According to the International Monetary Fund, the resurgent pandemic and quicker US Federal Reserve tightening pose dangers to global recovery, and developing countries should brace themselves for bouts of economic turmoil.
In addition to the prevalent Omicron variant, supply-side pressures, and the Fed’s plan to hasten the tapering of asset purchases, the Washington-based lender warned on Monday that developing countries are facing increased inflation and much larger public debt.
“Average gross government debt in emerging markets has increased by nearly 10 percentage points since 2019, reaching an estimated 64% of GDP by the end of 2021, with large variations across countries,” said Stephan Danninger, co-author of the blog and division chief of macro policies in the IMF’s strategy, policy, and review department.
“However, in comparison to the United States, their economic recovery and labor markets are less robust.” While the cost of borrowing in dollars remains cheap for many, worries about domestic inflation and steady external funding prompted some developing nations, notably Brazil, Russia, and South Africa, to begin boosting interest rates last year,” he added.
The global economy, which entered its biggest recession since the 1930s in 2020, recovered significantly last year because to $25 trillion in fiscal and monetary support from governments and central banks throughout the world.
The IMF cut its global economic growth projection in October because to decreasing momentum, Covid-19 outbreaks, unequal availability to vaccinations, supply chain disruptions, and growing inflation risks.
The continuous spread of the coronavirus since November, as well as the consequent restoration of strong pandemic-related measures in wide regions of Europe, Asia, and the Americas, has cast more doubt on the year’s economic progress.
According to the lender, persistent supply disruption in affluent economies and the increasing dynamic of Omicron, which threatens to overwhelm healthcare systems in low-income and developing nations, are contributing to economic fragility.
History demonstrates that if Fed tightening is “gradual, well-telegraphed, and in response to a stronger recovery,” the impacts on developing markets are likely to be benign. Emerging market currencies may continue to fall in value, but increased financing costs will be offset by overseas demand, according to the IMF on Monday.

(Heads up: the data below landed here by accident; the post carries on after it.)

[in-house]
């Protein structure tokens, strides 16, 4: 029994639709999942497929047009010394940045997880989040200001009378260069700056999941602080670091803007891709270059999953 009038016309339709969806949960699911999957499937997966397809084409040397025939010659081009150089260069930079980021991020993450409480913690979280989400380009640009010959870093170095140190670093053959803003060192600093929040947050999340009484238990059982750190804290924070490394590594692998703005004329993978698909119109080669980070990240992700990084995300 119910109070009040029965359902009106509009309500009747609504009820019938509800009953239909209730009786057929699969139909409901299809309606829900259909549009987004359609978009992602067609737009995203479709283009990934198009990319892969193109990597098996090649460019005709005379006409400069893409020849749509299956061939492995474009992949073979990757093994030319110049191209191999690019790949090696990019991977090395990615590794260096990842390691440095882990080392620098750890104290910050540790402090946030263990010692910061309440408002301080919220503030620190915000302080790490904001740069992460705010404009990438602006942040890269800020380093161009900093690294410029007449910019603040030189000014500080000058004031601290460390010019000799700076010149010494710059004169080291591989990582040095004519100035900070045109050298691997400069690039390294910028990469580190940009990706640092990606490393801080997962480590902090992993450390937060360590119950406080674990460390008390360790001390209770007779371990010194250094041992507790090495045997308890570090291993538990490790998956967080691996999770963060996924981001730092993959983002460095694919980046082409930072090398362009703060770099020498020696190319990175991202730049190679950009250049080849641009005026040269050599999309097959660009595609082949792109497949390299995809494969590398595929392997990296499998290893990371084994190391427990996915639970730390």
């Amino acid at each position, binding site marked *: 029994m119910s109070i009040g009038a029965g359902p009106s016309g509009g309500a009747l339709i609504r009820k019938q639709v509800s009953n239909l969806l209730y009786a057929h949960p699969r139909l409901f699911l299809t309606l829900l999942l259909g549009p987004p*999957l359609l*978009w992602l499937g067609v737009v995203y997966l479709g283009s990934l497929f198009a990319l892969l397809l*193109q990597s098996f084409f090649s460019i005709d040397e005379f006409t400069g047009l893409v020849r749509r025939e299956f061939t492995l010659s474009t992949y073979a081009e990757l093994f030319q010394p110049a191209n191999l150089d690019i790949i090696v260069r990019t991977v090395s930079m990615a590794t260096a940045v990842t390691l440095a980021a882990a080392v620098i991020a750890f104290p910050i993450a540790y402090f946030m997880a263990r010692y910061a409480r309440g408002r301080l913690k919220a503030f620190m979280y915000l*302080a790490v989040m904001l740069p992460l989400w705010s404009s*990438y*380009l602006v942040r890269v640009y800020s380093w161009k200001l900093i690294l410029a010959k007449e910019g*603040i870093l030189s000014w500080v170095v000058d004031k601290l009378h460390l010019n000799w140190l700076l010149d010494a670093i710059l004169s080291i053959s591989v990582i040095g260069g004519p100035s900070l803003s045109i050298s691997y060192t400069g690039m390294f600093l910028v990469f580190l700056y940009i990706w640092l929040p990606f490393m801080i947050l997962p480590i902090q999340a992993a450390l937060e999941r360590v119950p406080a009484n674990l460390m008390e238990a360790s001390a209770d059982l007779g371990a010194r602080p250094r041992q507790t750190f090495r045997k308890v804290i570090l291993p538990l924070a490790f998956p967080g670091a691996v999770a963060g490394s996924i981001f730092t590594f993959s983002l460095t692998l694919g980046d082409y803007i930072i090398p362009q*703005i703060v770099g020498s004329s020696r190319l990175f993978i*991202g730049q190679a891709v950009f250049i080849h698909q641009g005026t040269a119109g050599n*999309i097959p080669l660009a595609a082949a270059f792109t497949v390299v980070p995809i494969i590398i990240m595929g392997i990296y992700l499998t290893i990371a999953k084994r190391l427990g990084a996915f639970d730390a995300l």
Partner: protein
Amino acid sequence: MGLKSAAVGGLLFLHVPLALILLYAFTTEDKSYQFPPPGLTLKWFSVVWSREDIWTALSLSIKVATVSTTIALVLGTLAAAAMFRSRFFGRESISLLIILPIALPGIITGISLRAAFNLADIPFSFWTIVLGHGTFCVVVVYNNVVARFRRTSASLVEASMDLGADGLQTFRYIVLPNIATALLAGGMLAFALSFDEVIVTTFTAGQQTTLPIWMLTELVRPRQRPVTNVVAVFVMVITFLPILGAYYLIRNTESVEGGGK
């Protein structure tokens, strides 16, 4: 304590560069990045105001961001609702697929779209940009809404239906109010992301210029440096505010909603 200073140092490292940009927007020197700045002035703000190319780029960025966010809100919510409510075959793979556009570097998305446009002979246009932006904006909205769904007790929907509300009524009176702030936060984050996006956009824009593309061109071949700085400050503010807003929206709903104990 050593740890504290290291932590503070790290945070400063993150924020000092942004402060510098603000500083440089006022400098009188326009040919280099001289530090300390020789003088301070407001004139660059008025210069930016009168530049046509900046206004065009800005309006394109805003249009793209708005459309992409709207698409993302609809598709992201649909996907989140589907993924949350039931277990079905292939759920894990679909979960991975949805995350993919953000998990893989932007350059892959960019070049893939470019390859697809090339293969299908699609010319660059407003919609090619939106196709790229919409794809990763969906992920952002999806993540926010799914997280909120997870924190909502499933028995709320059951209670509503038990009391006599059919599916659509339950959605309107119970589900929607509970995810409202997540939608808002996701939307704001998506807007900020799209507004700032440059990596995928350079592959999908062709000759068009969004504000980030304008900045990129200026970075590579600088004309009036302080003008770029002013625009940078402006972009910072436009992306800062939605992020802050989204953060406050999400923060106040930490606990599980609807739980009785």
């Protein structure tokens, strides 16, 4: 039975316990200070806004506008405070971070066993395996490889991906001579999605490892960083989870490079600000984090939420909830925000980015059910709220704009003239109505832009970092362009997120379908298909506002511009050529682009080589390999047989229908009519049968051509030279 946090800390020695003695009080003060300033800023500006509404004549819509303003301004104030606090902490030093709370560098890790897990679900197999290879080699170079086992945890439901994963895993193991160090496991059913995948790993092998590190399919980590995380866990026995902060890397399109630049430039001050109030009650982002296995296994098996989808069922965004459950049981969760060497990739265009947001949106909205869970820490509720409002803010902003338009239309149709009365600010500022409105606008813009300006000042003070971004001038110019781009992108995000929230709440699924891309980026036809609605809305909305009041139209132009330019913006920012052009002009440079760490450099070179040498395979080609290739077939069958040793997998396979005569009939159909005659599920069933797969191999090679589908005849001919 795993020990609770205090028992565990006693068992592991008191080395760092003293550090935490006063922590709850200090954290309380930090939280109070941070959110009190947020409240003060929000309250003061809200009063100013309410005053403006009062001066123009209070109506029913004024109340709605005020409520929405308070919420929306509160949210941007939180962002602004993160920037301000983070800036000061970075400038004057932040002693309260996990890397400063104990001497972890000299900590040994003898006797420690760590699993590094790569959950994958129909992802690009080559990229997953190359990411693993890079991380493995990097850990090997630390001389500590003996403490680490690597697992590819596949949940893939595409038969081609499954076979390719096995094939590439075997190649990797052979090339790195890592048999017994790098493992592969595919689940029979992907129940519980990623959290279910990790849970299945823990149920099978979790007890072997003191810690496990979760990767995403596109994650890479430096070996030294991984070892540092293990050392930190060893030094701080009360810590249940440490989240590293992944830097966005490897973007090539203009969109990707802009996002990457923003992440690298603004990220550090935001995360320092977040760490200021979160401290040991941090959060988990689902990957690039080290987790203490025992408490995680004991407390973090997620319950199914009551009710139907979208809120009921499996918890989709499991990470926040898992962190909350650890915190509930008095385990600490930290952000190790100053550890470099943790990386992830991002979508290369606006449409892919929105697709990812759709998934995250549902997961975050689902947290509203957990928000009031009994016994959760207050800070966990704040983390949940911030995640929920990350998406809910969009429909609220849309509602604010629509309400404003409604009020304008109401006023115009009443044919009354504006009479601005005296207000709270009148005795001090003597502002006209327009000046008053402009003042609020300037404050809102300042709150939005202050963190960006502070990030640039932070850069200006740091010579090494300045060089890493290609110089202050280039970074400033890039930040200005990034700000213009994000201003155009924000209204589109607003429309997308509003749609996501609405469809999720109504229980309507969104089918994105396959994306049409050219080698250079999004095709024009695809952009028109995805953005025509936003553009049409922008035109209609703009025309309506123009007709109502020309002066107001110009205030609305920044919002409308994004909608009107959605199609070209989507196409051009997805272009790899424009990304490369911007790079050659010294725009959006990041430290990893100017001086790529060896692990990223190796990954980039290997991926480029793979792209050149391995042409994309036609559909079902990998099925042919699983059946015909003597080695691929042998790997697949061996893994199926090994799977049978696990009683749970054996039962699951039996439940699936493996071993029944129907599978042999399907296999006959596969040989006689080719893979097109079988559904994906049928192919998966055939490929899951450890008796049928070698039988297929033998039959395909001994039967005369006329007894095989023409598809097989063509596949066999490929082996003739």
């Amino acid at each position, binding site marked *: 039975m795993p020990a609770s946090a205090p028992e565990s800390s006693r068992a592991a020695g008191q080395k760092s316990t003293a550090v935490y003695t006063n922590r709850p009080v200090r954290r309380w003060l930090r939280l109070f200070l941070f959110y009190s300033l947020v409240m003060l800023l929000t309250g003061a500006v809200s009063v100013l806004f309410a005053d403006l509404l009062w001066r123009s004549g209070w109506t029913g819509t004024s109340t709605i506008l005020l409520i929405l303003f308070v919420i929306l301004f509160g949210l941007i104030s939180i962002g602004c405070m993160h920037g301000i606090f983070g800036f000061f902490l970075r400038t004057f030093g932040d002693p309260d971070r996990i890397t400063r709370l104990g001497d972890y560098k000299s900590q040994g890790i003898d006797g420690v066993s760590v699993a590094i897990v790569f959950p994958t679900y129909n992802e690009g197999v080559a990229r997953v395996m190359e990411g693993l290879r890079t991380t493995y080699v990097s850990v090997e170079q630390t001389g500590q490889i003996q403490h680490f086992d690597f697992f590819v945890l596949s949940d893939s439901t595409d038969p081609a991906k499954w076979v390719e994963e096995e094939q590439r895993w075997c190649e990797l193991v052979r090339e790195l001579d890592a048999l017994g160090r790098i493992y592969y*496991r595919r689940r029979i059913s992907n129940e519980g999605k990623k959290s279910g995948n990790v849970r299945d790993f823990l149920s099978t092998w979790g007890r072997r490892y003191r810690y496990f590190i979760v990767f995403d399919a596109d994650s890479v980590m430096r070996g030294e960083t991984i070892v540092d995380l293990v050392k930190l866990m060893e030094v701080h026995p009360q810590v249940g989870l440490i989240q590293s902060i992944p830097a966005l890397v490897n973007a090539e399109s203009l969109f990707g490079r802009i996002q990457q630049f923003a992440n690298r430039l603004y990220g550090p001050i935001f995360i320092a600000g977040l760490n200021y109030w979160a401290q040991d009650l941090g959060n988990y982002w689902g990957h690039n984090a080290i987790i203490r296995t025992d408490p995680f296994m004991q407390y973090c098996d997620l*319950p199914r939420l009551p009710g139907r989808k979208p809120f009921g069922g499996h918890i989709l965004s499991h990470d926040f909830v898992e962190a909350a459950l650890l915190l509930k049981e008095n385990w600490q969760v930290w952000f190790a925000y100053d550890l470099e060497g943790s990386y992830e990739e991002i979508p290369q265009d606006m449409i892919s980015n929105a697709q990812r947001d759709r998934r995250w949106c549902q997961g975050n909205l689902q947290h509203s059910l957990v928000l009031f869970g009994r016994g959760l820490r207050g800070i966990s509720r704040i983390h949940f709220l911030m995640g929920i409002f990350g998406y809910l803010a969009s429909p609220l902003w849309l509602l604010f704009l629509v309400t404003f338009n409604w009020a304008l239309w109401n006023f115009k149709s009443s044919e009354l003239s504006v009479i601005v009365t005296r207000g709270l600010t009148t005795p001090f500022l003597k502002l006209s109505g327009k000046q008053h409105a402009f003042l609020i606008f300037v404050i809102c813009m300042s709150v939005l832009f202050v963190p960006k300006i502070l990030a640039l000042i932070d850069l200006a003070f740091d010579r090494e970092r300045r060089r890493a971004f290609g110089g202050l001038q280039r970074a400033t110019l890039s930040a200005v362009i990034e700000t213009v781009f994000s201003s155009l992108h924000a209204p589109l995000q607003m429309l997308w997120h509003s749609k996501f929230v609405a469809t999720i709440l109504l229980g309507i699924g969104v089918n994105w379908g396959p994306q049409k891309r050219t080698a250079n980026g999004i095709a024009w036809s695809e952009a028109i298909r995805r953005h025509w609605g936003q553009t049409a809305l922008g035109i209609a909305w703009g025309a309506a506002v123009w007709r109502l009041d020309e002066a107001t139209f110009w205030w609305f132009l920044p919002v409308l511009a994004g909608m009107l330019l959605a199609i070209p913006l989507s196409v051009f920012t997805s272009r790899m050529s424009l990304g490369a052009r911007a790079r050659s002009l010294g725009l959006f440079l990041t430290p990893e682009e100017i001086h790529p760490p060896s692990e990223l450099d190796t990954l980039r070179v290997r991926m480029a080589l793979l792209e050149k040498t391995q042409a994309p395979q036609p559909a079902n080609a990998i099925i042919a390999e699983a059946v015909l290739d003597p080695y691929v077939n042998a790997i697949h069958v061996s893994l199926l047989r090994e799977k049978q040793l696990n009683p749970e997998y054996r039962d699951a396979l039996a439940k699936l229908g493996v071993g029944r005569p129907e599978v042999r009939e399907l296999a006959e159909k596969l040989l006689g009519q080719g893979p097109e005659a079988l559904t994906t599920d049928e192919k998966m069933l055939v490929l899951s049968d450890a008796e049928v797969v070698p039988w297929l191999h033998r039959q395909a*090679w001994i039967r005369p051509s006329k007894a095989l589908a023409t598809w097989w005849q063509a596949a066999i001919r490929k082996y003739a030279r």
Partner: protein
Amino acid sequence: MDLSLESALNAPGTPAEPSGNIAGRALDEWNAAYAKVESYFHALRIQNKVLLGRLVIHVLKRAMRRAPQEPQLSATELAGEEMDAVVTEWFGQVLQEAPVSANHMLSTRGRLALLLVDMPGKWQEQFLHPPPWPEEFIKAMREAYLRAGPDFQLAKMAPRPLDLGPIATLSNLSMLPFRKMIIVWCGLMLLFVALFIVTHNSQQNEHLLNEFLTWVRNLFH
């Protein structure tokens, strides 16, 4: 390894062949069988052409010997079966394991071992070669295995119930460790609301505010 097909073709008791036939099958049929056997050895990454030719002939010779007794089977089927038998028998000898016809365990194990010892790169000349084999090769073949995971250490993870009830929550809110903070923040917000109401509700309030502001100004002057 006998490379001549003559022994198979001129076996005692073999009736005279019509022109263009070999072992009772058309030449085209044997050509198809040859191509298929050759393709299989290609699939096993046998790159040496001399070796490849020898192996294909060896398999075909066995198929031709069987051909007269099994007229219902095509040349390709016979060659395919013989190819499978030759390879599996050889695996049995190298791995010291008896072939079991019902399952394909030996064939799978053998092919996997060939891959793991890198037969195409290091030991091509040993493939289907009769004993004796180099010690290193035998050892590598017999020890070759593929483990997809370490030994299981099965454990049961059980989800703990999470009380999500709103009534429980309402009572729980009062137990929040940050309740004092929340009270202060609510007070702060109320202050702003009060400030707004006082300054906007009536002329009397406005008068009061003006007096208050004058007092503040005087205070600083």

However, quicker Fed rate rises in reaction to broad-based US wage inflation or protracted supply constraints might jolt financial markets and tighten global financial conditions. According to the IMF, this might result in a weakening of US demand and trade, as well as capital outflows and currency devaluation in developing countries.
“In a situation like that, the impact of Fed tightening may be more severe for vulnerable nations,” said Kenneth Kang, a deputy director in the fund’s monitoring, policy, and review department and one of the blog’s co-authors.
“In recent months, developing countries with substantial public and private debt, foreign currency exposures, and smaller current-account balances have seen their currencies fluctuate more vis-à-vis the US dollar.” The combination of slower growth and increased vulnerability may result in negative feedback loops for such economies.”
According to the IMF blog, developing countries should customize their response to tighter financial conditions based on their specific circumstances and vulnerabilities.
Those with policy credibility in managing inflation may gradually tighten monetary policy, whereas those with higher inflation pressures or weaker institutions must act quickly and thoroughly, according to the IMF.
“In either instance, remedies should include allowing currencies to decline and boosting benchmark interest rates,” said Hélène Poirson, deputy division chief in the IMF’s macro policy branch and co-author of the blog.
“In the event of turbulent conditions in foreign currency markets, central banks with sufficient reserves may act, provided that such intervention does not substitute for appropriate macroeconomic adjustment.”
Emerging markets must act immediately to fortify policy frameworks and eliminate vulnerabilities.
Central banks should communicate its policy goals in a clear and consistent manner in order to increase the public’s awareness of the importance of pursuing price stability. Countries with a high amount of foreign currency-denominated debt should consider hedging their exposures, and the duration of liabilities should be extended to decrease rollover risks, according to the IMF.
Solutions should also be prepared for nations whose corporate debt and bad loans were significant prior to the epidemic, according to the report.
“Making a credible commitment to a medium-term fiscal policy would assist increase investor confidence and reclaim fiscal support in the event of a slump.” A strategy like this may involve presenting a comprehensive plan to progressively boost tax collections, enhance expenditure efficiency, or execute fundamental fiscal changes like pension and subsidy reforms.